Sébastien Raoult: all about this Frenchman accused of cybercrime
Frenchman Sébastien Raoult, accused of cybercrime, was extradited to the United States and faces nine charges. He will be kept in detention until April 3, the date of the next hearing.
Filed by Interpol, Sébastien Raoult was arrested in Morocco on May 31, 2022 at Rabat-Salé airport and was extradited to the United States on January 25. He is accused, along with two other French nationals, Gabriel Bildstein, 23, and Abdel-Hakim El-Ahmadi, 22, of having formed a group of hackers called ShinyHunters. The three young men allegedly stole confidential data from 60 companies, including Americans such as Microsoft, the Bonobos clothing brand and the AT&T telephone operator. According to the American authorities, the three French people were identified thanks to their IP addresses and discussions on forums.
What was their modus operandi?
According to the indictment, released today, once their target was chosen, the ShinyHunters created a website similar to the authentication pages of real entities. Then, through emails, they lured employees to these fake sites to retrieve their credentials, which they then used to steal customer files and corporate financial information. This information stolen by the cybercriminals were then offered for sale on the dark web.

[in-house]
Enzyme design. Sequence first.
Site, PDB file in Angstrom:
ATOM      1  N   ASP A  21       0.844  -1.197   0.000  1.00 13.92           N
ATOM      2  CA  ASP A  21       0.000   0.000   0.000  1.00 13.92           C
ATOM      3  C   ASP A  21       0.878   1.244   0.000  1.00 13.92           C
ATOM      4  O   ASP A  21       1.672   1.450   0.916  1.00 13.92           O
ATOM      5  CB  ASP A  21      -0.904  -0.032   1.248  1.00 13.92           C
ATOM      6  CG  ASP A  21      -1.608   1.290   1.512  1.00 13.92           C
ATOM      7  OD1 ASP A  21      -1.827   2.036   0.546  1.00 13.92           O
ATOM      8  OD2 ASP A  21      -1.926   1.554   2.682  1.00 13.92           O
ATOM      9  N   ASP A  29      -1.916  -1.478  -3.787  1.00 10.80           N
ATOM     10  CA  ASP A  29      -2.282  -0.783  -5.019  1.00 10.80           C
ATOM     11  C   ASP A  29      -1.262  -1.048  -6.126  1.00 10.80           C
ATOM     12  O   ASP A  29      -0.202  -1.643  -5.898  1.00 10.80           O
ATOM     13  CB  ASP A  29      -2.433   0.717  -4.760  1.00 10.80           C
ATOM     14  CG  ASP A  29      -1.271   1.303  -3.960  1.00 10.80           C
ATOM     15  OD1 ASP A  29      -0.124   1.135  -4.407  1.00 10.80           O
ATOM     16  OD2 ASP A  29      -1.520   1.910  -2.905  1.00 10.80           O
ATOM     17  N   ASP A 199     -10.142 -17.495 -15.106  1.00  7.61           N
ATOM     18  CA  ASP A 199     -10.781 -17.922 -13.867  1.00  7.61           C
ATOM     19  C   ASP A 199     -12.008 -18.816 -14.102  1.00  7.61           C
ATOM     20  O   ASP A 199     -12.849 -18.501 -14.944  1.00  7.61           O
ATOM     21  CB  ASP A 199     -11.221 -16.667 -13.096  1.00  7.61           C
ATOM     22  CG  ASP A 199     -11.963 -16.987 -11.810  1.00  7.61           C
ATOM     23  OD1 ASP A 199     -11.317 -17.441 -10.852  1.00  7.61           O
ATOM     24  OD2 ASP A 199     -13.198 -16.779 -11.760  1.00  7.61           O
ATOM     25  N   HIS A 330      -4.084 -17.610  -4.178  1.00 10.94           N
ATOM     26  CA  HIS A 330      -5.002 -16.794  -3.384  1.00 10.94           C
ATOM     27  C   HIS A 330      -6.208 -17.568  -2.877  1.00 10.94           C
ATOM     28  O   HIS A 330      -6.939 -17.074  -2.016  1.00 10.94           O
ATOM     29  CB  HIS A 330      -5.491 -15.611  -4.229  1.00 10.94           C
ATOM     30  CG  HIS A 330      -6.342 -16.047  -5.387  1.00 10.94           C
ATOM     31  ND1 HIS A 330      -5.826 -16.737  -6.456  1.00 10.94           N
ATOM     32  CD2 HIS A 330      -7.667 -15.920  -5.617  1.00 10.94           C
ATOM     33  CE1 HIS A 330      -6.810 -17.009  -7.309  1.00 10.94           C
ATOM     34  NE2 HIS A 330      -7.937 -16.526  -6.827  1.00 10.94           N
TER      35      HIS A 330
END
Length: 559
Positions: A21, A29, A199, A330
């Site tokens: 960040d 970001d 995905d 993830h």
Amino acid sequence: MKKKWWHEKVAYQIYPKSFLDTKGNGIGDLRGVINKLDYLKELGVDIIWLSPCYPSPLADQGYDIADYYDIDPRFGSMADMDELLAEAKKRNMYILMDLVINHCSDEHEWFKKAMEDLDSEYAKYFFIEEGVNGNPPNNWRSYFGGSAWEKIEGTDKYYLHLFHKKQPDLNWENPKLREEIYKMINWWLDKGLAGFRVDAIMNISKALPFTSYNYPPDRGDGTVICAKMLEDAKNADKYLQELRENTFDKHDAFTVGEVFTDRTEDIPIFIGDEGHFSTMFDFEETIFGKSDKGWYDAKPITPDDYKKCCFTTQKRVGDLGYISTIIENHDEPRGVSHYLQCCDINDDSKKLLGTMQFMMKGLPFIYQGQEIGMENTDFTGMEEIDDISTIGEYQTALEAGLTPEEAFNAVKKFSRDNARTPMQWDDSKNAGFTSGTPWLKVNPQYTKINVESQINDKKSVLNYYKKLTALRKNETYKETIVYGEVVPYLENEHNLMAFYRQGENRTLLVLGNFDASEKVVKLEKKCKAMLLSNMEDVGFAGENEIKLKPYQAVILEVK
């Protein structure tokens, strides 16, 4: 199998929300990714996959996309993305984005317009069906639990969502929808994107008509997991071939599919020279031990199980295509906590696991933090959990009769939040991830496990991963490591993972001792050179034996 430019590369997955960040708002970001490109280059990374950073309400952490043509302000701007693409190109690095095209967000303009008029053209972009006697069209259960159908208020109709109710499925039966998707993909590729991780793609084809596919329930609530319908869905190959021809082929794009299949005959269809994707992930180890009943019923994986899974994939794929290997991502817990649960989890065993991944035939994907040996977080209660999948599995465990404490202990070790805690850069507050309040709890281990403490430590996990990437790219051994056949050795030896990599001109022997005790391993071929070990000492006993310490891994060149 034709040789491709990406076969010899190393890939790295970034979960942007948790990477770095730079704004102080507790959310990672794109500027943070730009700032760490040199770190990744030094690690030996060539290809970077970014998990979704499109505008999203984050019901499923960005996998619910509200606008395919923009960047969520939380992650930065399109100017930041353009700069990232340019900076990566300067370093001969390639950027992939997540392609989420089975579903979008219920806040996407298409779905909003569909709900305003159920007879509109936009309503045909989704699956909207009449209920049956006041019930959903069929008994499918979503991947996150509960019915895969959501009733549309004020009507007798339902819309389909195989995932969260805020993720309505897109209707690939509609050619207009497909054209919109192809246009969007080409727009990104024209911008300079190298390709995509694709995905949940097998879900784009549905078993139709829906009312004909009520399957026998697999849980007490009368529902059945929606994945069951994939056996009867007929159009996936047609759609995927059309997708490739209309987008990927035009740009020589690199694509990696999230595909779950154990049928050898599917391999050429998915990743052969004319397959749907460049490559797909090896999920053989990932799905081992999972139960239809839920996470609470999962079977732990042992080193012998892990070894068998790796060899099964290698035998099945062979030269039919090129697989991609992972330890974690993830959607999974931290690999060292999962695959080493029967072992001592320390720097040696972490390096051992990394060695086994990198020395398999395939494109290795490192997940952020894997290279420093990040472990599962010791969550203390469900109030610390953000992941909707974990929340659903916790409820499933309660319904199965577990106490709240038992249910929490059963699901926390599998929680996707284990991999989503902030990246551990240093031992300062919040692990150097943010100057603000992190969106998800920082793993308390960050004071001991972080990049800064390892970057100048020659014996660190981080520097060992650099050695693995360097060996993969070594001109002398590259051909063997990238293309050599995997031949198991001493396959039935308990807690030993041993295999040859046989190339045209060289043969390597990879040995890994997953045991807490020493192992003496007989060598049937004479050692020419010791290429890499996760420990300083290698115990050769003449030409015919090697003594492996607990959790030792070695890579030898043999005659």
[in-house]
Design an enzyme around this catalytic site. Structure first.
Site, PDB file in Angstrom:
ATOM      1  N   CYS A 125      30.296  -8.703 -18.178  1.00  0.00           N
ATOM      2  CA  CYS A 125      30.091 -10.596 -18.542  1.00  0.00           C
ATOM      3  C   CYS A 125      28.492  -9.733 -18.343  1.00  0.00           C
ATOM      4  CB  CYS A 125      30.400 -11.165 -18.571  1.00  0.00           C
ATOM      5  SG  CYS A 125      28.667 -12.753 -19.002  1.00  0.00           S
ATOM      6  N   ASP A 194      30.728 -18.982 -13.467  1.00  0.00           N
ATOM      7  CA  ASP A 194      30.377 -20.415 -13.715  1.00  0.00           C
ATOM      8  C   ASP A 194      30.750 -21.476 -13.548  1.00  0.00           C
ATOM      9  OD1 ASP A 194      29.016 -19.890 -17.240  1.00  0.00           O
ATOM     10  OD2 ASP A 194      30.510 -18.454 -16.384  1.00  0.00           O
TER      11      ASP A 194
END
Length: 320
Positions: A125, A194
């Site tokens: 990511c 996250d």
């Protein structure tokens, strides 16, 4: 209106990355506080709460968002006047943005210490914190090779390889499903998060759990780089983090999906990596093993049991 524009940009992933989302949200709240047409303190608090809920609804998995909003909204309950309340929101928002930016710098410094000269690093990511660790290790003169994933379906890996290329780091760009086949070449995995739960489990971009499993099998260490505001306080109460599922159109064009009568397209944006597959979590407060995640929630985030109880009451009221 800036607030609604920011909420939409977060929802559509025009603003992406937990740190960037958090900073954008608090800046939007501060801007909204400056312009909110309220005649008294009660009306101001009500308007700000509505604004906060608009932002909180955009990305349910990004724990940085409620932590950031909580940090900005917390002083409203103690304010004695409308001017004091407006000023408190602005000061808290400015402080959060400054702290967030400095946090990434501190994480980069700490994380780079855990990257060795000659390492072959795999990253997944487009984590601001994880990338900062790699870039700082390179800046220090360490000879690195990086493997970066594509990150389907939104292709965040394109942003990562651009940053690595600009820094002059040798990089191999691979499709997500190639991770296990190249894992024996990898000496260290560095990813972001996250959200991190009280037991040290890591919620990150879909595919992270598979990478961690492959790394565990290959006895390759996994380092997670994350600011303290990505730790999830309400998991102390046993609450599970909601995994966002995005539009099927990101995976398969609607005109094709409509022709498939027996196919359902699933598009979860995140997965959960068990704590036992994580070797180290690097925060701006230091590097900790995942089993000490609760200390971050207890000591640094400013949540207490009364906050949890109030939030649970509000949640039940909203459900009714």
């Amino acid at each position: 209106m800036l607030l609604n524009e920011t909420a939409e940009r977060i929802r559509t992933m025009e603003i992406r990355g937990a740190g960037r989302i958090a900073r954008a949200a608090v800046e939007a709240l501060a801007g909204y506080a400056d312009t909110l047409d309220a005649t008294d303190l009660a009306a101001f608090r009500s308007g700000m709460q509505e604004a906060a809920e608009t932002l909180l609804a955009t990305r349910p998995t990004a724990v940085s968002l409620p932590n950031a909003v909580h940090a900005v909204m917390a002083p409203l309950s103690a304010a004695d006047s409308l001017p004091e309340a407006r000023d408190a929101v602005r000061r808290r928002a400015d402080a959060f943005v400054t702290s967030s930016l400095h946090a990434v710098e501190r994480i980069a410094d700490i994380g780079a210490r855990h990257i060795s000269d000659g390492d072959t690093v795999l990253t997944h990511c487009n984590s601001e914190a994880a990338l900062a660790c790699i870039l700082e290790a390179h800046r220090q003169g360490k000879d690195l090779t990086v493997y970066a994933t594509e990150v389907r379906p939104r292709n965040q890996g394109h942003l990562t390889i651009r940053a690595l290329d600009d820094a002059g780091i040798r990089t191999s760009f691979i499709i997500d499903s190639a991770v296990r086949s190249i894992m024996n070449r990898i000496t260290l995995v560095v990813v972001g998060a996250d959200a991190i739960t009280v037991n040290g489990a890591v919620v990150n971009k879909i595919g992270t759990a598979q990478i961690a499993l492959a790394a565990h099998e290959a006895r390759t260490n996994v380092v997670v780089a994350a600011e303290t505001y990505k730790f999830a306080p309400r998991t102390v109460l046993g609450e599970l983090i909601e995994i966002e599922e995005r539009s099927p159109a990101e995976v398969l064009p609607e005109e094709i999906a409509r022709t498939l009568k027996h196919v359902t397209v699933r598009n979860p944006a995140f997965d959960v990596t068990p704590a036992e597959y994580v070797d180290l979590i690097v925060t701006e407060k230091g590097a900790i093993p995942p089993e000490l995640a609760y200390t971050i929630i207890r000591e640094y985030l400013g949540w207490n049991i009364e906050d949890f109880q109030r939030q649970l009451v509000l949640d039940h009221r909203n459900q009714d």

Gabriel Bildstein, one of the three accused, had also already been tried in France in 2019 for similar facts. He was accused of pirating the Youtube channel Vevo and the tube Despacito. He had nevertheless been declared criminally irresponsible, because he suffered from Asperger’s autism. Another investigation is also still ongoing in France on the hacking of Gatehub, a cryptocurrency platform.
What is Sébastien Raoult risking?
The young Frenchman was brought before American justice on January 27 in Seattle. The charges against him were brought by Federal Judge Michelle Peterson. Sebastien Raoult was assisted by a court-appointed lawyer and a translator. He faces nine charges, including criminal conspiracy, computer fraud and identity theft. Each of these counts carries penalties ranging from 2 to 27 years in prison.
According to Sébastien Raoult’s father, who confided in European 1, he faces up to 116 years in prison. Indeed, in the United States, prison sentences are cumulative and it is not surprising to see such heavy penalties.
The former computer science student pleaded “not guilty”. The prosecution, meanwhile, mentioned a “risk of flight”, so he is kept in detention until the next hearing scheduled for April 3.
The reactions of his relatives
The family and the lawyer of the young Frenchman did not wait to protest against his extradition. A few days before, his father had felt that the French authorities had not done enough to avoid his extradition. According to him, it is not up to American justice to judge this case: “It is up to a French judge to say” whether he is guilty or not. He also denounces the fact that France has not made an extradition request.